The Sierra Nevada

On our second night out from Kennedy Meadows Kyle and I lay in our tent, rethinking our plan. Once again we didn’t have enough food. I mean, we had enough food, theoretically. But in the reality of a thru hiker, we didn’t have enough snacks. Already snack breaks were being limited to a bar, a handful of nuts, and a squeeze fruit pouch, all split between two people. Dinners and breakfasts were reliable but the days were filled with grumbling stomachs. Food will make people do crazy things, and on trail that is especially true. How can I really convey to you what hiker hunger feels like? We are up here burning upwards of 6,000 calories a day and replenishing our bodies with somewhere around 2,500 calories. When we are nearing a snack break I can feel my body loosing steam, I can feel my legs getting leaden, heavy with exhaustion, like a car sputtering out of fuel. And I chide myself because all around the world people are legitimately hungry, lack access to food, and here I am, hungry because I simply didn’t want to carry any more weight. Choosing to thru hike, to be hungry, to be cold and tired, to be jobless, it can all be a real mind fuck sometimes if you think about the rest of the world, about people experiencing the same things as you, but not by choice. And so I am often feeling guilty and dickish on top of feeling hungry. 

So, lack of food on our minds, Kyle and I had hatched a new plan that cut out the last eight mile nero day into Independence and by doing so freed up a dinner, a breakfast, and a couple snacks, which could then be incorporated into our daily snacks. Of course, fitting eight miles somewhere into our next three days meant creating some pretty big days. But if it meant more food we were all down. In the morning, as we all employed different methods to ward of clouds of mosquitos, we told Cameron the new plan, and he agreed instantly. That day we hiked twenty some miles to a random hill top campsite right before Chicken Lake. At the end of that day everything around us really started to change. We walked through our first real meadow, filled up our water bottles at a raging creek, camped on top of a wide saddle dotted with boulders and pine trees. Cameron actually cried with joy at the last meadow we went through and declared that the desert had been worth it. That is seriously saying something.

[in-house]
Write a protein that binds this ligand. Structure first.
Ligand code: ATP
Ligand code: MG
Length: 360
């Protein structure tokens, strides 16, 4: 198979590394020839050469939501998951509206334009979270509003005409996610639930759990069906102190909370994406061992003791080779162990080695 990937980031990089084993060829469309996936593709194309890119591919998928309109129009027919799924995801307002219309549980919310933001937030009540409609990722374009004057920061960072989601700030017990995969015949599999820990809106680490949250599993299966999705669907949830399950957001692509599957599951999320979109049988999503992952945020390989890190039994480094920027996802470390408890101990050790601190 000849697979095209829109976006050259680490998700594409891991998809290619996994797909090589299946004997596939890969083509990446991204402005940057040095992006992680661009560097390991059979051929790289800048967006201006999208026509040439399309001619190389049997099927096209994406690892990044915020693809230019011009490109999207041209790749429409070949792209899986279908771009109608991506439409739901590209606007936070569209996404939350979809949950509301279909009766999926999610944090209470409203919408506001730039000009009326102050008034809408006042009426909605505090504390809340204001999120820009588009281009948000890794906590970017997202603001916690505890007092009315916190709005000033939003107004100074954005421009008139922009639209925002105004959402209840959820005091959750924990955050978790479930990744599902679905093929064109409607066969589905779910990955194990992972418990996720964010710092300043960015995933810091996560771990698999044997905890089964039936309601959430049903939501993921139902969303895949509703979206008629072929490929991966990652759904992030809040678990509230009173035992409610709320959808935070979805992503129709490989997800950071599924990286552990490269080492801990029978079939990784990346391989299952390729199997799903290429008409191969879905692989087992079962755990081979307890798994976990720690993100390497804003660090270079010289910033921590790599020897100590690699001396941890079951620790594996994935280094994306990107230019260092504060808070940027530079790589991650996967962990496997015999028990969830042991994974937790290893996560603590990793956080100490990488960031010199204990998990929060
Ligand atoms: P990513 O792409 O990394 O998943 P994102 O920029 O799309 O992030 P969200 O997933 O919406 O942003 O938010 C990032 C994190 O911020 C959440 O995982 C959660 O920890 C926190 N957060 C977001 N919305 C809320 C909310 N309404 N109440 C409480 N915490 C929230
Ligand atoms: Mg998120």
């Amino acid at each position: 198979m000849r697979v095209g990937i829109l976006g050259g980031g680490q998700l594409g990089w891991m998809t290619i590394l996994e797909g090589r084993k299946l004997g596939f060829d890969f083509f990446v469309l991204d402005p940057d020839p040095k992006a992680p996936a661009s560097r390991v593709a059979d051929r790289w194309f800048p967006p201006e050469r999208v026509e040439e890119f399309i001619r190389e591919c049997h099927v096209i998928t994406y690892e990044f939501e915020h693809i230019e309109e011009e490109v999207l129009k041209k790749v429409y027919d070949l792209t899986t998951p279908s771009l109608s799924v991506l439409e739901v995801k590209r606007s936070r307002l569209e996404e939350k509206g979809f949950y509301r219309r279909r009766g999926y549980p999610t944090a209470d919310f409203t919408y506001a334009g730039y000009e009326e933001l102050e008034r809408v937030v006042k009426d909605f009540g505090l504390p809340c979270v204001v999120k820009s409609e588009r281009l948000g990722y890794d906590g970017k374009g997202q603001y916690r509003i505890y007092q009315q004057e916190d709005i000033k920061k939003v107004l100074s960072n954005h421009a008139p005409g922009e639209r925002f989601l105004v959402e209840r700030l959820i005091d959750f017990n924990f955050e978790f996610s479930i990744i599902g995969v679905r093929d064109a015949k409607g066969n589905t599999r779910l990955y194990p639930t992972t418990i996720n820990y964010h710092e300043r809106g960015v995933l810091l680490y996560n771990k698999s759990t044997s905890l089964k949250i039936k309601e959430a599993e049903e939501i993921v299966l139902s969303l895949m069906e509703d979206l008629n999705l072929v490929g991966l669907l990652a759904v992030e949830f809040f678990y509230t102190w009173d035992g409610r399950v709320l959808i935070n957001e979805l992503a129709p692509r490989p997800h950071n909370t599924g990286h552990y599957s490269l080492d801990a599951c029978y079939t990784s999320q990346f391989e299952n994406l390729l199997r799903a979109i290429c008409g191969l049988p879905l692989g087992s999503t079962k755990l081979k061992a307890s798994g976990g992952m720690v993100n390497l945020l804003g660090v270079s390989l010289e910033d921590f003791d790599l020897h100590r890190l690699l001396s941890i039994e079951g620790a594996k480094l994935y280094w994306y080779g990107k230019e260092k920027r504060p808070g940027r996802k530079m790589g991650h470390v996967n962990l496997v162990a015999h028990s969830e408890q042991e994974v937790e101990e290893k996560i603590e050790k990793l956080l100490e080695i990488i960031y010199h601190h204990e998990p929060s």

We made it to the Sierras. The real Sierras. We are starting to see big granite mountains above tree line, and they are getting closer and closer. When we were in the desert I don’t think we ever truly believed things were going to get better, that all the heat and the blisters and the water carries were going to be worth it some day. But now we are here, in a new wild land of water and snow and ice and marmots. And it was worth the wait. 

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As Edward Abbey said, "An indoor life is the next best thing to a premature burial."

6 thoughts on “The Sierra Nevada

  1. Thank you. Your posts transport me from my office desk in central London to a wonderful world of panoramic views and the great outdoors – reminds me to get out more!

  2. I can’t get enough of your blog posts–you guys are really inspirational! Can’t wait to try this in four(ish) years for a post PhD celebration.

  3. There is a refining process, heat bringing slag to the surface, creating a useful purity. Everything changes, the focus, the meaning and the reasons. The Sierras heal!

    It’s been over forty years but I remember not climbing a small saddle to view the Pacific watershed because it would burn X-amount of BTUs that wouldn’t be replaced. Bad choice.

    It gets better… I’m so encouraged by your journey.

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